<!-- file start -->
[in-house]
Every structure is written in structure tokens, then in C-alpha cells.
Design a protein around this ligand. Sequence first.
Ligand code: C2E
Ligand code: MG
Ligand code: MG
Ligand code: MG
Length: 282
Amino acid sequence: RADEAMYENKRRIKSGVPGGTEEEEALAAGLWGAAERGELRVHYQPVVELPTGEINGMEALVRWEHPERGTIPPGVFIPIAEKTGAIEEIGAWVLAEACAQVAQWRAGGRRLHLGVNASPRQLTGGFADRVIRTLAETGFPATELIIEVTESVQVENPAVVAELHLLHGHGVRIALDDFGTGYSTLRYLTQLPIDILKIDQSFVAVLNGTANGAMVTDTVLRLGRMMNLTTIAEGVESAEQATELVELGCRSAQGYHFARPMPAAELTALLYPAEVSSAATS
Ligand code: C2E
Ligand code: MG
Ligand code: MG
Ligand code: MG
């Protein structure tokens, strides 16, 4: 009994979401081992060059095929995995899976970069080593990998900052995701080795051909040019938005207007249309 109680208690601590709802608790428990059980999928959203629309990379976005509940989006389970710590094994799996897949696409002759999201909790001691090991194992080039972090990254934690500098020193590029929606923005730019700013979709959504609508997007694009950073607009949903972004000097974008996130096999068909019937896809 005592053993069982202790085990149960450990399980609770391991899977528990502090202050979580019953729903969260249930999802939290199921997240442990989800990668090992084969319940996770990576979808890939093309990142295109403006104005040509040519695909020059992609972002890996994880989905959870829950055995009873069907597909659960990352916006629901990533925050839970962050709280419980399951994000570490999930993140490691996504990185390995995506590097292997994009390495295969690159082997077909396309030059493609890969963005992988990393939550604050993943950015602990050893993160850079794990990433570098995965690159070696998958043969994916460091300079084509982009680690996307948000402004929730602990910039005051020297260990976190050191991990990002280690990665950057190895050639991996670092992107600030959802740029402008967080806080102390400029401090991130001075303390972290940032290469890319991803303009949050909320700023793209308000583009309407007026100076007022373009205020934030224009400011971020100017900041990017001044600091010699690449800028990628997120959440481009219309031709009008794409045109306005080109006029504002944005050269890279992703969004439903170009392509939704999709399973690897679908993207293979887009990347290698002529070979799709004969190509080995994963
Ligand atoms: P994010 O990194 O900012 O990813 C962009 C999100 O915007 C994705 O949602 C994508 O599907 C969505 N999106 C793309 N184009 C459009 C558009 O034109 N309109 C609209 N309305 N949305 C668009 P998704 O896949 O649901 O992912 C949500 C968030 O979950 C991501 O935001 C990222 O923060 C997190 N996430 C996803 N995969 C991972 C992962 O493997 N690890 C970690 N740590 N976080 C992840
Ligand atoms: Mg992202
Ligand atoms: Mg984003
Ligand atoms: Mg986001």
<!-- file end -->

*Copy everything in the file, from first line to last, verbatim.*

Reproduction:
[in-house]
Every structure is written in structure tokens, then in C-alpha cells.
Design a protein around this ligand. Sequence first.
Ligand code: C2E
Ligand code: MG
Ligand code: MG
Ligand code: MG
Length: 282
Amino acid sequence: RADEAMYENKRRIKSGVPGGTEEEEALAAGLWGAAERGELRVHYQPVVELPTGEINGMEALVRWEHPERGTIPPGVFIPIAEKTGAIEEIGAWVLAEACAQVAQWRAGGRRLHLGVNASPRQLTGGFADRVIRTLAETGFPATELIIEVTESVQVENPAVVAELHLLHGHGVRIALDDFGTGYSTLRYLTQLPIDILKIDQSFVAVLNGTANGAMVTDTVLRLGRMMNLTTIAEGVESAEQATELVELGCRSAQGYHFARPMPAAELTALLYPAEVSSAATS
Ligand code: C2E
Ligand code: MG
Ligand code: MG
Ligand code: MG
């Protein structure tokens, strides 16, 4: 009994979401081992060059095929995995899976970069080593990998900052995701080795051909040019938005207007249309 109680208690601590709802608790428990059980999928959203629309990379976005509940989006389970710590094994799996897949696409002759999201909790001691090991194992080039972090990254934690500098020193590029929606923005730019700013979709959504609508997007694009950073607009949903972004000097974008996130096999068909019937896809 005592053993069982202790085990149960450990399980609770391991899977528990502090202050979580019953729903969260249930999802939290199921997240442990989800990668090992084969319940996770990576979808890939093309990142295109403006104005040509040519695909020059992609972002890996994880989905959870829950055995009873069907597909659960990352916006629901990533925050839970962050709280419980399951994000570490999930993140490691996504990185390995995506590097292997994009390495295969690159082997077909396309030059493609890969963005992988990393939550604050993943950015602990050893993160850079794990990433570098995965690159070696998958043969994916460091300079084509982009680690996307948000402004929730602990910039005051020297260990976190050191991990990002280690990665950057190895050639991996670092992107600030959802740029402008967080806080102390400029401090991130001075303390972290940032290469890319991803303009949050909320700023793209308000583009309407007026100076007022373009205020934030224009400011971020100017900041990017001044600091010699690449800028990628997120959440481009219309031709009008794409045109306005080109006029504002944005050269890279992703969004439903170009392509939704999709399973690897679908993207293979887009990347290698002529070979799709004969190509080995994963
Ligand atoms: P994010 O990194 O900012 O990813 C962009 C999100 O915007 C994705 O949602 C994508 O599907 C969505 N999106 C793309 N184009 C459009 C558009 O034109 N309109 C609209 N309305 N949305 C668009 P998704 O896949 O649901 O992912 C949500 C968030 O979950 C991501 O935001 C990222 O923060 C997190 N996430 C996803 N995969 C991972 C992962 O493997 N690890 C970690 N740590 N976080 C992840
Ligand atoms: Mg992202
Ligand atoms: Mg984003
Ligand atoms: Mg986001």